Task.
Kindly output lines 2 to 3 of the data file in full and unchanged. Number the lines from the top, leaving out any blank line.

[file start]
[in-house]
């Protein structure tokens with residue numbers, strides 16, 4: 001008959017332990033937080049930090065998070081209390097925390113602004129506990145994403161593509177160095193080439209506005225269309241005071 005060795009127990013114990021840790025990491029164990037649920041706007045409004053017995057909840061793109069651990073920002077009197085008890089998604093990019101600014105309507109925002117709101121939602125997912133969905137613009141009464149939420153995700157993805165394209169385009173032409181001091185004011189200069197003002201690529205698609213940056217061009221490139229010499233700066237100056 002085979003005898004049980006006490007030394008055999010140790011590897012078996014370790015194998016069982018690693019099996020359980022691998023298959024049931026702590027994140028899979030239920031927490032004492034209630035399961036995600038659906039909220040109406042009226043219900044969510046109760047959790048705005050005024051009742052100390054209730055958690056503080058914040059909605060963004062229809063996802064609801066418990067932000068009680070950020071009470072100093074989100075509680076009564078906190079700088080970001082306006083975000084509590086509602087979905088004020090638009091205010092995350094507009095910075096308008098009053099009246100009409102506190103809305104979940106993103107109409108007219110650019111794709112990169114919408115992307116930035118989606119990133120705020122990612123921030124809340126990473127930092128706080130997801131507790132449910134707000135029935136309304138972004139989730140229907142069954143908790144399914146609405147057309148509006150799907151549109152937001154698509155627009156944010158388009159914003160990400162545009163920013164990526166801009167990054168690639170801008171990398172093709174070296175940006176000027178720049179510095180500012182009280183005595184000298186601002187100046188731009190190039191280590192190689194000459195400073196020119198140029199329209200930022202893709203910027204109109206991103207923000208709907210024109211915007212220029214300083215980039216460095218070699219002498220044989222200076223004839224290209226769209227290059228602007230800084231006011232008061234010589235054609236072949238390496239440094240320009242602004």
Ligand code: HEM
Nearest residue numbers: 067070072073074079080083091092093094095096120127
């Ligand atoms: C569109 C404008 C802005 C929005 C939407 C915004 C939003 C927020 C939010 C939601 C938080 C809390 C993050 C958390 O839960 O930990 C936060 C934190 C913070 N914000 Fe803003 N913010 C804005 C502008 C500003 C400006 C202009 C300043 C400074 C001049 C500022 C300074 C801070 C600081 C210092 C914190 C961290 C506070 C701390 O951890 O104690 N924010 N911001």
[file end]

């Protein structure tokens with residue numbers, strides 16, 4: 001008959017332990033937080049930090065998070081209390097925390113602004129506990145994403161593509177160095193080439209506005225269309241005071 005060795009127990013114990021840790025990491029164990037649920041706007045409004053017995057909840061793109069651990073920002077009197085008890089998604093990019101600014105309507109925002117709101121939602125997912133969905137613009141009464149939420153995700157993805165394209169385009173032409181001091185004011189200069197003002201690529205698609213940056217061009221490139229010499233700066237100056 002085979003005898004049980006006490007030394008055999010140790011590897012078996014370790015194998016069982018690693019099996020359980022691998023298959024049931026702590027994140028899979030239920031927490032004492034209630035399961036995600038659906039909220040109406042009226043219900044969510046109760047959790048705005050005024051009742052100390054209730055958690056503080058914040059909605060963004062229809063996802064609801066418990067932000068009680070950020071009470072100093074989100075509680076009564078906190079700088080970001082306006083975000084509590086509602087979905088004020090638009091205010092995350094507009095910075096308008098009053099009246100009409102506190103809305104979940106993103107109409108007219110650019111794709112990169114919408115992307116930035118989606119990133120705020122990612123921030124809340126990473127930092128706080130997801131507790132449910134707000135029935136309304138972004139989730140229907142069954143908790144399914146609405147057309148509006150799907151549109152937001154698509155627009156944010158388009159914003160990400162545009163920013164990526166801009167990054168690639170801008171990398172093709174070296175940006176000027178720049179510095180500012182009280183005595184000298186601002187100046188731009190190039191280590192190689194000459195400073196020119198140029199329209200930022202893709203910027204109109206991103207923000208709907210024109211915007212220029214300083215980039216460095218070699219002498220044989222200076223004839224290209226769209227290059228602007230800084231006011232008061234010589235054609236072949238390496239440094240320009242602004």
Ligand code: HEM